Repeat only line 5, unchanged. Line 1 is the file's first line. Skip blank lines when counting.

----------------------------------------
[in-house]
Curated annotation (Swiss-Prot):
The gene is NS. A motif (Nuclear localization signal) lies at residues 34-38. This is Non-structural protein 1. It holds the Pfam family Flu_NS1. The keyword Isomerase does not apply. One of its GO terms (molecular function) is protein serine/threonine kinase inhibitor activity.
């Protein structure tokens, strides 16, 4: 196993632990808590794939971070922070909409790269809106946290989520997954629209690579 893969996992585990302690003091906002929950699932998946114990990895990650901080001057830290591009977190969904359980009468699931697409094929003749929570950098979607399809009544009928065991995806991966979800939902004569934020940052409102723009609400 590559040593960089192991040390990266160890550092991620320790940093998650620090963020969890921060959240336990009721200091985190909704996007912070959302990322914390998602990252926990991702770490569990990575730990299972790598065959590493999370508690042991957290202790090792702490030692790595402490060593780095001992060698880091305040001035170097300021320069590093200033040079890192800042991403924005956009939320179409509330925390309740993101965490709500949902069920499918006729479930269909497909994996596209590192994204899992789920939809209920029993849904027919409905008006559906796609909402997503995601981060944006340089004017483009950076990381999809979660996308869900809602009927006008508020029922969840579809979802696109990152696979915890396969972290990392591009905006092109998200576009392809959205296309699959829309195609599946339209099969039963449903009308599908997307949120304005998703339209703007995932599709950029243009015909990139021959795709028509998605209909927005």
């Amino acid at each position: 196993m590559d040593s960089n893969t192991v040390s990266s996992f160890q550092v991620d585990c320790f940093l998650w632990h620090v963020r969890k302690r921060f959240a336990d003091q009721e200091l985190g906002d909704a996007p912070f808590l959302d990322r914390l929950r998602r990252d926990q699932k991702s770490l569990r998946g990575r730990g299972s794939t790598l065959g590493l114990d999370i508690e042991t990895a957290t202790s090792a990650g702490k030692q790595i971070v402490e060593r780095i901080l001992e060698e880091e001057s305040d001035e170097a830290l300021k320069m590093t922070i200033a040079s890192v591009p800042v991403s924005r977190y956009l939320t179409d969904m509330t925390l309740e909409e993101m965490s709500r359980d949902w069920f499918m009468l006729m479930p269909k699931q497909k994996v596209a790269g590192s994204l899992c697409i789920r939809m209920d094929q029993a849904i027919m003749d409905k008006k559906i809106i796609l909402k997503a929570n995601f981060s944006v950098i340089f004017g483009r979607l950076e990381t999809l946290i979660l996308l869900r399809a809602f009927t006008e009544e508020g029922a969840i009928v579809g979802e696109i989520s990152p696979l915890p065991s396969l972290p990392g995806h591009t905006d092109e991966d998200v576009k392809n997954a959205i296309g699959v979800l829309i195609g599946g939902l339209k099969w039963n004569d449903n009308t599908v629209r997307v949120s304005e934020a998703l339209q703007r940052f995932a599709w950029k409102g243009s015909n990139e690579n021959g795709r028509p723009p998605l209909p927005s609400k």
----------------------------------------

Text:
């Amino acid at each position: 196993m590559d040593s960089n893969t192991v040390s990266s996992f160890q550092v991620d585990c320790f940093l998650w632990h620090v963020r969890k302690r921060f959240a336990d003091q009721e200091l985190g906002d909704a996007p912070f808590l959302d990322r914390l929950r998602r990252d926990q699932k991702s770490l569990r998946g990575r730990g299972s794939t790598l065959g590493l114990d999370i508690e042991t990895a957290t202790s090792a990650g702490k030692q790595i971070v402490e060593r780095i901080l001992e060698e880091e001057s305040d001035e170097a830290l300021k320069m590093t922070i200033a040079s890192v591009p800042v991403s924005r977190y956009l939320t179409d969904m509330t925390l309740e909409e993101m965490s709500r359980d949902w069920f499918m009468l006729m479930p269909k699931q497909k994996v596209a790269g590192s994204l899992c697409i789920r939809m209920d094929q029993a849904i027919m003749d409905k008006k559906i809106i796609l909402k997503a929570n995601f981060s944006v950098i340089f004017g483009r979607l950076e990381t999809l946290i979660l996308l869900r399809a809602f009927t006008e009544e508020g029922a969840i009928v579809g979802e696109i989520s990152p696979l915890p065991s396969l972290p990392g995806h591009t905006d092109e991966d998200v576009k392809n997954a959205i296309g699959v979800l829309i195609g599946g939902l339209k099969w039963n004569d449903n009308t599908v629209r997307v949120s304005e934020a998703l339209q703007r940052f995932a599709w950029k409102g243009s015909n990139e690579n021959g795709r028509p723009p998605l209909p927005s609400k």